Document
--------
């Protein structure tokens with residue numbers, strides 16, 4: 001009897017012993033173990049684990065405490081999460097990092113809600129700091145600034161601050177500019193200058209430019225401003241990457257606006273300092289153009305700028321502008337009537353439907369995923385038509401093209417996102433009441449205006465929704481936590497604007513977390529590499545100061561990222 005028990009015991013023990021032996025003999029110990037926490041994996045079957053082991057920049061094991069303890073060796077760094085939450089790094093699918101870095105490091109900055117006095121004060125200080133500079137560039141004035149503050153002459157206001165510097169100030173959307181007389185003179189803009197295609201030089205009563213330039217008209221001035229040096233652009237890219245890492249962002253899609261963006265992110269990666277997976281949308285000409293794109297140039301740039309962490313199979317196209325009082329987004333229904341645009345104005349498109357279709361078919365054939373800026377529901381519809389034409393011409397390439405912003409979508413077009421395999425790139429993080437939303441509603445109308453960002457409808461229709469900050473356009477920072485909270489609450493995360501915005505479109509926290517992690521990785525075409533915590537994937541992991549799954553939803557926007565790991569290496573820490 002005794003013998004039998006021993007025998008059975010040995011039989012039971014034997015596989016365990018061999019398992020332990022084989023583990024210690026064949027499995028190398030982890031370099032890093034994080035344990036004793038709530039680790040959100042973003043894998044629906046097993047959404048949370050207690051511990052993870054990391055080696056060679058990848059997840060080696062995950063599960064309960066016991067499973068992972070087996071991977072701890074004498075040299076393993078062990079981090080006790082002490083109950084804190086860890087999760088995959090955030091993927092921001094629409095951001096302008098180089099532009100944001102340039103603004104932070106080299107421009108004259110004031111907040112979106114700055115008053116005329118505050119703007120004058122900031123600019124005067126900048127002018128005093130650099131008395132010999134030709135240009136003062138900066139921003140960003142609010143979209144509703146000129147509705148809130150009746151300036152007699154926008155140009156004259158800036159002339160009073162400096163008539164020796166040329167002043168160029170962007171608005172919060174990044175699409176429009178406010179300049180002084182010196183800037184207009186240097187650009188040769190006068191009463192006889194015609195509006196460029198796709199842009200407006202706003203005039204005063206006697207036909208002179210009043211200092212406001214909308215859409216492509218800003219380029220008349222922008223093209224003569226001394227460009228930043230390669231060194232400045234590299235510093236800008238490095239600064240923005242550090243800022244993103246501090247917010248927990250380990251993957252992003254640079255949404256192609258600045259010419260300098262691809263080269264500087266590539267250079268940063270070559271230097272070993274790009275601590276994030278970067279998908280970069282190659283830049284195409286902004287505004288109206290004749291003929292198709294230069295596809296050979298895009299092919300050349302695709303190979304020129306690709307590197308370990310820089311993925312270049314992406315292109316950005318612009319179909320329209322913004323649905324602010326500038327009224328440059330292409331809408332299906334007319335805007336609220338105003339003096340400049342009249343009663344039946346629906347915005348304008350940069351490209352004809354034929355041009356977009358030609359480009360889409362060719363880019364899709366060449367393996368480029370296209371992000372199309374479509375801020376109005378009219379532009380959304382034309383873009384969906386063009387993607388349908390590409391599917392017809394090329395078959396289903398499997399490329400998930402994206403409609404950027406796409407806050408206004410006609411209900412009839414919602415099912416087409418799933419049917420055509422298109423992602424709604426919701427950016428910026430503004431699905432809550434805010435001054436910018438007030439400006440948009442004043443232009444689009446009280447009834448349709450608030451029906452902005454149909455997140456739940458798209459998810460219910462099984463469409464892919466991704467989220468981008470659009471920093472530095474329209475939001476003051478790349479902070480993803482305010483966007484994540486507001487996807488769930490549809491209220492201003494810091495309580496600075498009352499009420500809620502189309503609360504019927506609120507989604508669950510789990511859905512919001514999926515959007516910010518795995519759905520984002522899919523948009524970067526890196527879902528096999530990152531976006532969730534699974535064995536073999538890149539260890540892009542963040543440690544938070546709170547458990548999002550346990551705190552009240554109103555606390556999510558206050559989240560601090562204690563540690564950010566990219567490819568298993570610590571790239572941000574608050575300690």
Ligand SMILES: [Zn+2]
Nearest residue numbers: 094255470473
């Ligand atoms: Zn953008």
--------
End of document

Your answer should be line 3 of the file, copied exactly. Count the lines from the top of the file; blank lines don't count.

Nearest residue numbers: 094255470473